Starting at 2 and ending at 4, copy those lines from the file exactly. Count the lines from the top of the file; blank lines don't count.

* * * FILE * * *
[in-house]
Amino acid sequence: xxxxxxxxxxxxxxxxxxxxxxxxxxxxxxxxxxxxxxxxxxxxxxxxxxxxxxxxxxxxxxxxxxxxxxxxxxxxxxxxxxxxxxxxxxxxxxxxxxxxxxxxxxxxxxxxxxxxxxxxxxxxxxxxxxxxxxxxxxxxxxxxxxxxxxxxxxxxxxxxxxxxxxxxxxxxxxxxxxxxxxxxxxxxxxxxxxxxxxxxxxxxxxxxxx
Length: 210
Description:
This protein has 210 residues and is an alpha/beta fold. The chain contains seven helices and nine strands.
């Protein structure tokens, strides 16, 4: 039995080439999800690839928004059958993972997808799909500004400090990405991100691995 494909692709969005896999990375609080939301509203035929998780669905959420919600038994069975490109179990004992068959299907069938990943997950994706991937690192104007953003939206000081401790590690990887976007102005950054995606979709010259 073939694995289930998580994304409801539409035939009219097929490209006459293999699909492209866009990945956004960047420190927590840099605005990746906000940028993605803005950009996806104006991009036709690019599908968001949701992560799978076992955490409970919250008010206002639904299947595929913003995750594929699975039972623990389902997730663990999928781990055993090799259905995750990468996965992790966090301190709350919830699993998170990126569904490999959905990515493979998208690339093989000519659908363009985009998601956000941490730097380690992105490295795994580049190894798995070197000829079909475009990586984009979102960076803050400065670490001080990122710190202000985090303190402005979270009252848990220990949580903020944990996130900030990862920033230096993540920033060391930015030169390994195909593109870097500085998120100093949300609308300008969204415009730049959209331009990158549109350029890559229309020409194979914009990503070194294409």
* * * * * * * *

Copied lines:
Amino acid sequence: xxxxxxxxxxxxxxxxxxxxxxxxxxxxxxxxxxxxxxxxxxxxxxxxxxxxxxxxxxxxxxxxxxxxxxxxxxxxxxxxxxxxxxxxxxxxxxxxxxxxxxxxxxxxxxxxxxxxxxxxxxxxxxxxxxxxxxxxxxxxxxxxxxxxxxxxxxxxxxxxxxxxxxxxxxxxxxxxxxxxxxxxxxxxxxxxxxxxxxxxxxxxxxxxxx
Length: 210
Description: